2. At what point do market values become excessive?
  3. To what extent does marketisation corrode social bonds and a sense of a common identity?
  4. How do market values relate to the inequality debate?

Suggested readings

After reading the book it is particularly worth watching and listening to Sandel’s broadcast performances as these illustrate his broader views and underpin his influence as a celebrity academic.

Short pieces by other authors on this topic include:

The military-industrial complex today: Thursday 14 June 2012

Professor James Woudhuysen will introduce the discussion.

In terms of industrial policy, it can be argued that the UK – and even more, the US – have long had one: it's called the state's procurement of weapons that have a fair amount of R&D put into them. Most recently, Obama's State of the Union address (January 2012) said that the US Department of Defense, the world’s largest consumer of energy, would make one of the largest commitments to clean energy in history – with the US Navy purchasing enough capacity to power 250,000 homes a year.

Clearly the role of military procurement has changed over the years; right now, for instance, the new US cybersecurity agency cannot find all the computer specialists it wants. Since Eisenhower's influential and liberal 1961 farewell address, which coined the phrase 'military-industrial complex', US defence spending totals and percentages, as well as US forces/weapons postures, have likewise been through their ups and downs, declining as a percentage of GDP during the Cold War and reviving even before 9-11, and certainly since. Over the years, too, nuclear weapons, always a relatively cheap option, have become a smaller and smaller element in US defence spending.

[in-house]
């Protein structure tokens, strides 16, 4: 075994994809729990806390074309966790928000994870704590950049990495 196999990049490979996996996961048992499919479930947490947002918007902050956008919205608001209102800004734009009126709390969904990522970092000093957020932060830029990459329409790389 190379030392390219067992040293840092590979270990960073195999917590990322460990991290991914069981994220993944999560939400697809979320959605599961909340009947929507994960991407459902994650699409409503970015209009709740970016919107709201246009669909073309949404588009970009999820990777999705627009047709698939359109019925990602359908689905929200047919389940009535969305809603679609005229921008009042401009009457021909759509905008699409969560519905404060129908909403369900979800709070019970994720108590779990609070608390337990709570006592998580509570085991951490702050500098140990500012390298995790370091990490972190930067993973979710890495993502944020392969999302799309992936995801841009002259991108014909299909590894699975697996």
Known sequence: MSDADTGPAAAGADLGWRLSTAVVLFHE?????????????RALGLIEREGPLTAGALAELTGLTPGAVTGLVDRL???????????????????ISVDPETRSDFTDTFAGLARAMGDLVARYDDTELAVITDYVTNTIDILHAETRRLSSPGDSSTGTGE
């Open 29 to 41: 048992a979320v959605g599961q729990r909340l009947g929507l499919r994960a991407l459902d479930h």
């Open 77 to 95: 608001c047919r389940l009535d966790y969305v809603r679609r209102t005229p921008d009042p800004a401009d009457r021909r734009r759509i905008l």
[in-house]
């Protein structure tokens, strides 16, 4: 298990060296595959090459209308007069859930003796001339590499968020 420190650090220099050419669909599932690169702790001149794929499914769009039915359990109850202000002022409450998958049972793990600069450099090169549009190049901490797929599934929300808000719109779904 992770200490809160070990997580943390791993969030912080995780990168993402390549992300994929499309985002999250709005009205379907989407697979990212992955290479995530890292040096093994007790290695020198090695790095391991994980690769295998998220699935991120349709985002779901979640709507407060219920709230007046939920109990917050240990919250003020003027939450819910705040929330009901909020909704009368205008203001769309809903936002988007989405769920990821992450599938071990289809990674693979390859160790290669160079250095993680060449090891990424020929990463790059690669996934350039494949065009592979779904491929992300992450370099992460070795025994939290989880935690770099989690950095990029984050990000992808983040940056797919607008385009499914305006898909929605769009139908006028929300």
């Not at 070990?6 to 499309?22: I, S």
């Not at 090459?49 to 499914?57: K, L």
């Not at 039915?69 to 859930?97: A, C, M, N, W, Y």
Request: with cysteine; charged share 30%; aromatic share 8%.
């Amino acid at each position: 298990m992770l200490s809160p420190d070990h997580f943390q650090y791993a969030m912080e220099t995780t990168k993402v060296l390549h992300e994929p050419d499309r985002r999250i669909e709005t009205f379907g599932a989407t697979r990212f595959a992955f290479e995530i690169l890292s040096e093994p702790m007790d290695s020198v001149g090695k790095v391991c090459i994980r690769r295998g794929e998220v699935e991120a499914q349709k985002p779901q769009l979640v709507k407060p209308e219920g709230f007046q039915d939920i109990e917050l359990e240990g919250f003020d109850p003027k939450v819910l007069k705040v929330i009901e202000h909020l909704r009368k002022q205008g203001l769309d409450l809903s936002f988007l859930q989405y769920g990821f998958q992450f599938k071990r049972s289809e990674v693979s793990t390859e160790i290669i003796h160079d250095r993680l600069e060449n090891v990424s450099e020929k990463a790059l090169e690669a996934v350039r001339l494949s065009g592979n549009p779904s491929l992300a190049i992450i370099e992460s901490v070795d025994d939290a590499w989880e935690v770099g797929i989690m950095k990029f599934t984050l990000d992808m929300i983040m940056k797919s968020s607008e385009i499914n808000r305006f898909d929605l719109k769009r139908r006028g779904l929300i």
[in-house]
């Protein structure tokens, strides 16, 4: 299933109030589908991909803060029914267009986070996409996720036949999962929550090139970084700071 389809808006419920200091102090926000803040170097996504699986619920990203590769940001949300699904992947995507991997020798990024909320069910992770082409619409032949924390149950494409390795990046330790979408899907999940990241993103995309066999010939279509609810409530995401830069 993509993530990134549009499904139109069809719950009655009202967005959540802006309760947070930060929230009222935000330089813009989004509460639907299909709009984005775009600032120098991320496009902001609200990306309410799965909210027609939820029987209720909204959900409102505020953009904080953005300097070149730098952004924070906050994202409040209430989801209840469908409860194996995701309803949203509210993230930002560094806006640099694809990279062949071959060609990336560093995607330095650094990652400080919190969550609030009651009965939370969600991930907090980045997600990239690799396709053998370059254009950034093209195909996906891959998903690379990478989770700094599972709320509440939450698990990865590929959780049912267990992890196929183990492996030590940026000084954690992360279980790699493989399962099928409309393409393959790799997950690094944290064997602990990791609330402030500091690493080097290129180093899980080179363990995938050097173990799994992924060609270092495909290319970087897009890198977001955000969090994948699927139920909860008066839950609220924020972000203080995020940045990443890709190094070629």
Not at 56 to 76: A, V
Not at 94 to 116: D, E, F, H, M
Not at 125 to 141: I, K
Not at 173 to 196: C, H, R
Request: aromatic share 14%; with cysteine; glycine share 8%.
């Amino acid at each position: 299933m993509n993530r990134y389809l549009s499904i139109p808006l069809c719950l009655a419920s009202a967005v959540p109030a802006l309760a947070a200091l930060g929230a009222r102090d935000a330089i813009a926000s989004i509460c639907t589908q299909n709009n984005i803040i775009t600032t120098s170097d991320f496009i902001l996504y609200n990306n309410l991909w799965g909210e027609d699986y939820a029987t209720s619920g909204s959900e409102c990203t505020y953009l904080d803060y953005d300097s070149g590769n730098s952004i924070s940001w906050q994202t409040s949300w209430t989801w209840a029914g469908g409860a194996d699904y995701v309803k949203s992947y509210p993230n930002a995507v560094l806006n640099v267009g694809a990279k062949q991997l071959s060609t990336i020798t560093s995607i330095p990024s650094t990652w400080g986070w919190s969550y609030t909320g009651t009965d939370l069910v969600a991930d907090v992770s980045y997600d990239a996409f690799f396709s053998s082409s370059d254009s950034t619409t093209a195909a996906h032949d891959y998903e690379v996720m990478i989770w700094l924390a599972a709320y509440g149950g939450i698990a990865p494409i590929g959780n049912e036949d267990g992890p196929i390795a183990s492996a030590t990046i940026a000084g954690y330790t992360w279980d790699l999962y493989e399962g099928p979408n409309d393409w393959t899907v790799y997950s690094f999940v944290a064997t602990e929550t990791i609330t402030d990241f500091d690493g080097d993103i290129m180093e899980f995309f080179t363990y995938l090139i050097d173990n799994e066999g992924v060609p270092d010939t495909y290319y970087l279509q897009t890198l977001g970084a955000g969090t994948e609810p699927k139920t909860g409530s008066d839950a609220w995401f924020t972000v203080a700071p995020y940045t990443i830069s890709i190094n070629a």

Economic and political attitudes to the MIC have also changed. Historically the left always attacked the MIC for its pork-barrel subversion of democracy, its expense, its waste, its baroque product innovations, its arms exports, its debatable 'spin-off', and its direct interest in starting wars. On the other hand, from Baran and Sweezy in the 1950s through to the British SWP, military budgets have long been seen as an essential Keynesian support for capitalism, mopping up the capitalist 'surplus' generated elsewhere. More recently, however, the US has seen (and again the UK is not far behind) a convergence between militarists worried about energy security, and Greens keen on military innovations spinning off into renewable energy.